Tomorrow I’ll try to coax the ancient computer beast back to life long enough to see if I can clear more memory and give it a bit extra life so I can post on the existing website that we won’t be working on orders until the end of June. I truly hope that the extra time will be the ticket to stop the nightmare of a partially functioning website and give Ed the focus he needs to be ready for BSG.

It’s scary to “take off” this time (we’ll still be working, though we hope not the endlessly long hours) since Jenkins Woodworking – spindles, hooks, needles, hairpin looms – provides our entire income. On the other hand Ed can’t afford to have a shop accident and I don’t want to lose my sanity.

Compounding things was having a venous ablation done on one of my legs to take care of the insufficient saphenous vein on the 22nd. (I’d like to post about this at length in the future.) From what I’d read it sounded like it wasn’t a big deal. For the most part it hasn’t been, it’s just one more thing to deal with during any already stressful time. The first two days I alternated between resting with my leg elevated above my heart and an ice pack on it for about 30 minutes and working in the office  for 20 – 30 more minutes, but it’s been very hard to take the time away to elevate my leg and ice it.

Wore the tight wrappings for 48 hours. I was amazed at how much it swelled even with the bandaging, tape and compression sock. (This will be the only picture of this.)

The 25th had previously been booked for filming of the spinning video. Jesse and his film partner, Shannon, had only that one day available to come down here from Portland. It was a very intense day that flew by way too quickly as we tried to cover everything in one session. I was so impressed with their professionalism and knowledge. Figuring out lighting and placement, working through the sections was a blast. We worked solidly with only a 15 minute break to eat some cheese and crackers for lunch. Then again as we neared the ending when the camera’s hard drive reached max capacity and we had to stop to transfer recordings to Jesse’s laptop. Bad timing, I’d been on a roll but with the interruption my train of thought evaporated; tiredness set in; I was concerned about my leg (no chance to rest or ice it at all). After that it was hard to pick up the pieces and get back in the groove.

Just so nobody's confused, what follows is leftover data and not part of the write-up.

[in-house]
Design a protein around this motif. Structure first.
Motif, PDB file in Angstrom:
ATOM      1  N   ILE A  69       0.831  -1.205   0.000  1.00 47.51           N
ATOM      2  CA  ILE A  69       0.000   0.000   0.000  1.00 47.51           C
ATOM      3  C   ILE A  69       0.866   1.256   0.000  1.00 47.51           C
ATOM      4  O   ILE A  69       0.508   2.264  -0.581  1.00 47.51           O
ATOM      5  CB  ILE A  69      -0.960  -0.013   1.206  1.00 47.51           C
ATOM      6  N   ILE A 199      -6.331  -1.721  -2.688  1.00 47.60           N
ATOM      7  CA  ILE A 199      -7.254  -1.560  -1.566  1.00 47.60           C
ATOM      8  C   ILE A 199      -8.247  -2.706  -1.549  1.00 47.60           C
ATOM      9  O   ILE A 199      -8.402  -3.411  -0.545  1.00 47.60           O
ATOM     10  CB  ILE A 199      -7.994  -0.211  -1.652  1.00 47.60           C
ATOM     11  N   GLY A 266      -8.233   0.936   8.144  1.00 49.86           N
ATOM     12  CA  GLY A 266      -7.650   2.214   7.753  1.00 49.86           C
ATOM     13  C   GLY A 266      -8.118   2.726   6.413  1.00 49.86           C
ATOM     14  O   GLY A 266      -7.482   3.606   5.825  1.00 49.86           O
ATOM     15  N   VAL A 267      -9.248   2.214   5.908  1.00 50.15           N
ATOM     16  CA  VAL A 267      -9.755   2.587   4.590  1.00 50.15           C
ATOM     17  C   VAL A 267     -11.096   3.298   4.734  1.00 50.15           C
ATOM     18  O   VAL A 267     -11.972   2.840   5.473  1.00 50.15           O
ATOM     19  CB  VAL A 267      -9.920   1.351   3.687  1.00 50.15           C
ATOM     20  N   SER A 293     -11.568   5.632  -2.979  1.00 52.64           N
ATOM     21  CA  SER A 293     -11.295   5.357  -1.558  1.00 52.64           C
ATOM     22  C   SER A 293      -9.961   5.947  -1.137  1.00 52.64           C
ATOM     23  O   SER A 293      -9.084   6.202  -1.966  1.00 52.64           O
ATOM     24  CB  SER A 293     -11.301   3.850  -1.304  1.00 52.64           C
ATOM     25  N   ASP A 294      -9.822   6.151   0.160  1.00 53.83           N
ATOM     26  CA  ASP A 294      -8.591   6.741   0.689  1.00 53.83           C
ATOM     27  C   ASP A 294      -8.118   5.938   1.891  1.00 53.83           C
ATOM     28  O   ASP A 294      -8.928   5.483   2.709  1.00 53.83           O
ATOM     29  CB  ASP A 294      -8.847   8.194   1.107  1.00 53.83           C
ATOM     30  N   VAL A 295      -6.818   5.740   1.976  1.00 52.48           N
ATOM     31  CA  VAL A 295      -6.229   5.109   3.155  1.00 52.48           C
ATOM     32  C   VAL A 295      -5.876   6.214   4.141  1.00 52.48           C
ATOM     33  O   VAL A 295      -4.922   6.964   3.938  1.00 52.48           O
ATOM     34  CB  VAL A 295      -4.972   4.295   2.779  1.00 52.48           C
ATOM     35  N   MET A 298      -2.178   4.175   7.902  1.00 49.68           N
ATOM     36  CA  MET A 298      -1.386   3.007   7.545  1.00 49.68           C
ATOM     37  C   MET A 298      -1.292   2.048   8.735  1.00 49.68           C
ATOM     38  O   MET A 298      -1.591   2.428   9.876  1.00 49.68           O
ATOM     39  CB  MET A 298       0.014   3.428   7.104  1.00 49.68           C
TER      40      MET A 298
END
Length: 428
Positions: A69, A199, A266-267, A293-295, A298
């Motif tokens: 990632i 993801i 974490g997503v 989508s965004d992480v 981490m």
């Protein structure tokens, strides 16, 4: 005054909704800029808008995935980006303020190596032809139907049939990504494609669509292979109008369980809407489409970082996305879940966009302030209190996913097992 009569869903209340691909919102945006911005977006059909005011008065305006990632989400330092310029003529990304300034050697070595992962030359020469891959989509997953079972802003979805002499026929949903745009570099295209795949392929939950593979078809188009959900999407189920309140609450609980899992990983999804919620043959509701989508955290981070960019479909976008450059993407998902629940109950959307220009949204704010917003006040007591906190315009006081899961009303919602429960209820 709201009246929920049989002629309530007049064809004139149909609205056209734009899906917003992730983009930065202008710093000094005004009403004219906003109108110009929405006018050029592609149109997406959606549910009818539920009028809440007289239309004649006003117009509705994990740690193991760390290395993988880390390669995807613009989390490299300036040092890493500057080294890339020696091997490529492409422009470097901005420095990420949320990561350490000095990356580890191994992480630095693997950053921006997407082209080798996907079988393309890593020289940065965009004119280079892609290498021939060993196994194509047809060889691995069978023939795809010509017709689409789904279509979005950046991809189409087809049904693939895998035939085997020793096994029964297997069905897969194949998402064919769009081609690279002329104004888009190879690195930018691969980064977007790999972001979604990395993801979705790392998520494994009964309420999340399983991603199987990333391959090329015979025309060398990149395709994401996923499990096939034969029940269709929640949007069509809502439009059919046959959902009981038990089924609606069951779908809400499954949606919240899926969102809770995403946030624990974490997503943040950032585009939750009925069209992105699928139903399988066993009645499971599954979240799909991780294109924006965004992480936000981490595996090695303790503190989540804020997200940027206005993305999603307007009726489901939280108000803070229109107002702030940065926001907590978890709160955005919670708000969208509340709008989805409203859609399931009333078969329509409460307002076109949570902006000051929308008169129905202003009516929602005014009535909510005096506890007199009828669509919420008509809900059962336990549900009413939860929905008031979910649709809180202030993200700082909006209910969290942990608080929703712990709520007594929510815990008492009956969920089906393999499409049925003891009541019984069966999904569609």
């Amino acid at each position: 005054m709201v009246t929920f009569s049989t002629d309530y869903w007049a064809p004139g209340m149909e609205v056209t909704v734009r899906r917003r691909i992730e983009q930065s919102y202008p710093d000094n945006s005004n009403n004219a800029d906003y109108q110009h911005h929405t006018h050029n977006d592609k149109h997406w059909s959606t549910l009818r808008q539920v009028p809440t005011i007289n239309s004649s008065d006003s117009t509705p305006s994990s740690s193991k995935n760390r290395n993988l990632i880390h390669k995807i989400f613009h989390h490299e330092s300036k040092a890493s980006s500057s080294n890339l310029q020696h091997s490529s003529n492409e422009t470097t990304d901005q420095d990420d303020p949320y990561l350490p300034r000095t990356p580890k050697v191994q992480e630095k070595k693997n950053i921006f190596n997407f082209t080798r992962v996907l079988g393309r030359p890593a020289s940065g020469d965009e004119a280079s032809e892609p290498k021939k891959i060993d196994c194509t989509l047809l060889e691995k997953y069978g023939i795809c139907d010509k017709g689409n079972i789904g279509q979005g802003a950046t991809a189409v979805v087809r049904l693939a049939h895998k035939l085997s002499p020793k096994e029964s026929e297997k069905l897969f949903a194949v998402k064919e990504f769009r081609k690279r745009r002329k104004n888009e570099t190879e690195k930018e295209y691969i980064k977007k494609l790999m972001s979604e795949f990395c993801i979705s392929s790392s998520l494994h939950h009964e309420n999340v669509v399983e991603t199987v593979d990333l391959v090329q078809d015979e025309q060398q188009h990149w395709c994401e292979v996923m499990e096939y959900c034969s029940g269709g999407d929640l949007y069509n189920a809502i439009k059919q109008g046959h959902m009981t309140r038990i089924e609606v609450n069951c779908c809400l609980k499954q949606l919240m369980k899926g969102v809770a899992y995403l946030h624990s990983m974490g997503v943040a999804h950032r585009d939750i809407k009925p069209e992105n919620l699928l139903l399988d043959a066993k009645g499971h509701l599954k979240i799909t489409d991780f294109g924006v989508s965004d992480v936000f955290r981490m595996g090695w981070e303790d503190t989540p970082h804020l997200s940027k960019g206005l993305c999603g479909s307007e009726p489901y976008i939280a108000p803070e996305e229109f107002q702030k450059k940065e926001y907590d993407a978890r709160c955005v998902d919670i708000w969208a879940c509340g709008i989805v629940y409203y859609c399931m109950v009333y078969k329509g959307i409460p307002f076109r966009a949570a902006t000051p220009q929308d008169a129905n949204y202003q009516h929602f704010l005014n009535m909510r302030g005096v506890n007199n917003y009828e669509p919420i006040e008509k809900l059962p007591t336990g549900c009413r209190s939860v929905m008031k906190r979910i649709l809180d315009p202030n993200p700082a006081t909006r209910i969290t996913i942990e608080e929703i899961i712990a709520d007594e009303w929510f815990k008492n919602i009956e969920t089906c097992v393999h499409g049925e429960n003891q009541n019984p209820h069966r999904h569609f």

Jesse setting up camera gear:
Shannon in charge of the sound system and lighting:

We began with the outdoor scene after this we moved into the house where I was too absorbed to think about getting anymore picture.
What a fun experience to work with Jesse and Shannon!

 

I thought my leg was doing extremely well since there was minimal pain. Apparently, so much lidocaine was injected all along the blood vessel that it took over a week for the numbness to wear off and the pain to really hit.  The following Tuesday, the 29th, I was absentmindedly carrying a 7 gallon container of water down some steps when I felt a burning in my leg and realized how stupid it was to carry that much weight (56lbs) so soon. It’s been burning ever since, always worse after sitting for more than 15 minutes.  Talked to a nurse about it a couple days ago and was reassured that it’s normal and that it could take a couple more weeks before the pain completely goes away.

Life feels very crazy right now. Remember the Girls’ Getaway I mentioned in the previous post?  It feels completely insane to be taking four days away from the office. My stomach somersaults just thinking about load of work that will greet me when I return. But, as I’d mentioned, it will be good to get away for a short time. Stressing about all the work won’t do me any good so I may as well enjoy the good change of pace and come back renewed in mind and spirit.

Some days trying to focus on the good is so hard!

Rain is bucketing down and the temperatures never climbed above low 60s today. A good day to stick a roast in the oven and let it take the chill off the house. My mom cooked the best roast dinners when I was growing up. Every year we raised a locker steer that filled our freezer with good meat for the following year. With four hungry kids growing up on a small farm this was an affordable way to have good meat. Growing up I never considered that we might be considered poor by many standards but looking back I know that money must have been tight at times.